Maybe it’s because I’ve seen too many episodes of Rugrats, but one of the things I find myself saying frequently is, “A girl’s gotta do what a girl’s gotta do.”
Of course, Tommy Pickles said, “A baby’s gotta do what a baby’s gotta do,” but the sentiment is the same. And honestly, it rings true for parents too.
There are plenty of things we do as parents that we wouldn’t necessarily do without the motivation our kids give us. Some of them are entirely ridiculous… Like eating dinner on the bathroom floor while Nolan showers. Before he was born I would never have believed I would do such a thing. Now? It happens at least once a week. If the boy who smells like a teenager is ready for a shower right as I’m sitting down to dinner, then dinner is suddenly portable. I mean, a mom’s gotta do what a mom’s gotta do.
Just a typical dinner on the bathroom floor with my favorite ginger dining companion...
And sure, there are the things we expect—like wiping hinders and noses or cleaning up an endless trail of crumbs. And the things we do when we need to but didn’t necessarily expect—like sneaking into your kid’s room after they’re asleep to trim their nails. Whatever it takes to just get the job done.
And there are the things we feel under qualified for… Like haircuts. Have I been to cosmetology school? No. Am I confident that I can give my offspring a haircut that won’t someday end up in an “Awkward Family Photos” book? Also no. But would I take my son to a professional in a salon where, surely, the full wrath of my upset autistic son would be on display? Still no—I don’t plan to subject anyone to Nolan at his most unhappy. Heck, if we can avoid that unhappy all together by me following him through the backyard or bathroom with a clipper in hand and reassuring voice, I’m happy to save him that distress. For real—a mom’s gotta do what a mom’s gotta do.
I do find many times lately that these words pass through my thoughts it’s because things fall short of the high expectations that I sometimes set. Family meals are a great example. I may have in mind that I’m going to make a nice Sunday dinner for the family… by mid-day, I’ve often reevaluated that plan and instead of roasted chicken with vegetables and potatoes, I’m adjusting based on how much time and energy I have. Sometimes that nice family meal gets adjusted enough times that it looks like last night’s dinner—a frozen entrée reheated in the microwave with salad from a bag and garlic bread that I managed to burn the edges of. Heck, I’d even intended to make my Bucket of Bread so that we could have freshly baked bread, but instead I ended up broiling part of a loaf of bakery bread topped with butter, garlic and Parmesan cheese from a jar. It was nothing Martha Stewart would have approved of, but it got the job done. Heck, a mom’s gotta do what a mom’s gotta do.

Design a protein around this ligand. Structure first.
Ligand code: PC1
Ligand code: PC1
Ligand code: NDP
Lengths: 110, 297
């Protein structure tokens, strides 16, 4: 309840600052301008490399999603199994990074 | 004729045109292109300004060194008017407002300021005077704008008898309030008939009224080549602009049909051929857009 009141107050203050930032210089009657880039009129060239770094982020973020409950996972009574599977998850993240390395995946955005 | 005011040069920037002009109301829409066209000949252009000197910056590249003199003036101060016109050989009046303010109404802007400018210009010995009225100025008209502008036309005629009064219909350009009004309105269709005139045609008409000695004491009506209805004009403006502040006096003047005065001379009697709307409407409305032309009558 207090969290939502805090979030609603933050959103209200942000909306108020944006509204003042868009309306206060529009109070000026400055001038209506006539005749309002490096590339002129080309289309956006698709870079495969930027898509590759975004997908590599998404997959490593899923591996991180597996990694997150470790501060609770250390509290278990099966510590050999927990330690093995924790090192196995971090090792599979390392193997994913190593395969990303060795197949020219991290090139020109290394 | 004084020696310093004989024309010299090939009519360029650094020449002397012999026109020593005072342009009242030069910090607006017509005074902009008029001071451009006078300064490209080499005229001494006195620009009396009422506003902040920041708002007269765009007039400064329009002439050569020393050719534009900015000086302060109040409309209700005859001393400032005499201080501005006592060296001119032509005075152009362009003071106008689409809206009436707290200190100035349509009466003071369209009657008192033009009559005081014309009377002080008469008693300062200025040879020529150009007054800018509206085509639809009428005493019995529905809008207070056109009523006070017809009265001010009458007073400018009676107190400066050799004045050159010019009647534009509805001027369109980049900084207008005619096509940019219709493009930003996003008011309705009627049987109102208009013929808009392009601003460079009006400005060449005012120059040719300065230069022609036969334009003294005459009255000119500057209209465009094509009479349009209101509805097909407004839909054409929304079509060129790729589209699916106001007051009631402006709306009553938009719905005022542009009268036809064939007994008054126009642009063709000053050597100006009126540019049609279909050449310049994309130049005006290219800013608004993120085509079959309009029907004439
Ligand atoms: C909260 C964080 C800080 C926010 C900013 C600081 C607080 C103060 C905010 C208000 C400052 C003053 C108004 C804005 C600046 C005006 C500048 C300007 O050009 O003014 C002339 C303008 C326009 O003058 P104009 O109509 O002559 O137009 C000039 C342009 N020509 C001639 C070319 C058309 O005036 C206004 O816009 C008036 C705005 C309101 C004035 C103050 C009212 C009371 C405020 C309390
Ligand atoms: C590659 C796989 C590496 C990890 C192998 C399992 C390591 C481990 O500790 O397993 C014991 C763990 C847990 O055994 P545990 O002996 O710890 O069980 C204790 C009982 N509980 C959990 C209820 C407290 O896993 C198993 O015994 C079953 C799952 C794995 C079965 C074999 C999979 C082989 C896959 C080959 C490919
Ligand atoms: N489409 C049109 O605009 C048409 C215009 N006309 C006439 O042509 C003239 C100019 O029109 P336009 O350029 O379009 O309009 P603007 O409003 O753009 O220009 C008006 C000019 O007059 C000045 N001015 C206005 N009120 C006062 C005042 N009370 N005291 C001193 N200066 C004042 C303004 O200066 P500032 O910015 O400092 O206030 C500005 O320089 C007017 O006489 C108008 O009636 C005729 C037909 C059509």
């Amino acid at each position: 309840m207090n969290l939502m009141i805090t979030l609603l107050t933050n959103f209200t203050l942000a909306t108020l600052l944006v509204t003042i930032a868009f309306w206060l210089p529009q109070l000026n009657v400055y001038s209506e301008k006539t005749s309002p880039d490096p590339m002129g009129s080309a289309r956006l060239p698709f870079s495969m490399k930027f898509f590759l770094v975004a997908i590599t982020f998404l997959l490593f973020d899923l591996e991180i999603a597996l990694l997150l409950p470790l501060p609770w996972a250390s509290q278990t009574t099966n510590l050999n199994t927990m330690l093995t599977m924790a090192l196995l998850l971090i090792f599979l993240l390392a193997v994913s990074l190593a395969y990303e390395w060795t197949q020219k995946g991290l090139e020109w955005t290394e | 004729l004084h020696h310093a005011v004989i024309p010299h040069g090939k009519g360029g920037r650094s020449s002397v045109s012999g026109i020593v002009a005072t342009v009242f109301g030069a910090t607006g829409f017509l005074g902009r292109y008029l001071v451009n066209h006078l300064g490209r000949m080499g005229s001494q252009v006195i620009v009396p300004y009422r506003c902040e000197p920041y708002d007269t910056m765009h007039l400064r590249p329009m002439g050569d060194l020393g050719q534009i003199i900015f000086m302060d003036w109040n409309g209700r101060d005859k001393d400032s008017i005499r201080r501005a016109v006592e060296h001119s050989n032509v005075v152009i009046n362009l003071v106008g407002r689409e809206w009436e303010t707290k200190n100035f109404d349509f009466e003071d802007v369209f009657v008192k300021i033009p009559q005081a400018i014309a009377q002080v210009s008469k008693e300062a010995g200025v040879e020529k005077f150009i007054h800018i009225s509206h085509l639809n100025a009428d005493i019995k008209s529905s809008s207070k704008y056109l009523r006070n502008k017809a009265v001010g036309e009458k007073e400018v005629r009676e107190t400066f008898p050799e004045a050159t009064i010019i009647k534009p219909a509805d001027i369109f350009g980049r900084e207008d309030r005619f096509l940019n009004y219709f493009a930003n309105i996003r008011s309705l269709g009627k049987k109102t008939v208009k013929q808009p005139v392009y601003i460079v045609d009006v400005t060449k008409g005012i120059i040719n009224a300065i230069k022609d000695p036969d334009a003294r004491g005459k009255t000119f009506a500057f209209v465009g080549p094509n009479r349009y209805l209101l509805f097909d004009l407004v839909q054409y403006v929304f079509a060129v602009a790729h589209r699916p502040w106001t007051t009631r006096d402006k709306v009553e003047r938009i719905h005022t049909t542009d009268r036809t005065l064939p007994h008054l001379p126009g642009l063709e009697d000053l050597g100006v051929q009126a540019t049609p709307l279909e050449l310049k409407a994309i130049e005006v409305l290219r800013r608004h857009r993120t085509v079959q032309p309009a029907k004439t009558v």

And in our world, there are a lot of things that I seem to cope with using this line of thinking. Working a full day on less sleep than I actually need? Making additional or alternative food options just so that he’ll eat something decent? Working a full-time job plus trying to get a side-hustle up and running so that our budget can support our family’s needs? Learning to communicate with fewer words than most people could ever imagine using (including the words he uses his iPad to communicate)? Ordering fidget toys in bulk (and sometimes with express shipping)? A mom’s just gotta do what a mom’s gotta do.
And sometimes it’s in carving out 5-10 minutes for myself here or there… Whether that means staying up for a bit after everyone else is in bed just to have a little bit of time where my time is my own (as opposed to time where I’m working or doing things I need to accomplish at home) or wandering past the clearance end-caps in Target when I stop to pick up a prescription… Anything that will help me feel like a complete person or blow off enough stress to have a little more patience with my favorite teenager is important.
For me mostly, I feel like the things I need to do to keep my family (including myself) happy and healthy are the most important. If I don’t do the things that matter, they’ll likely not get done. So even if I’m compromising to save on my time or energy, it’s still getting done. Even if they’re things that I don’t necessarily want to do, I do them for our well being.
And no one is going to do it for me, so a mom’s gotta do what a mom’s gotta do.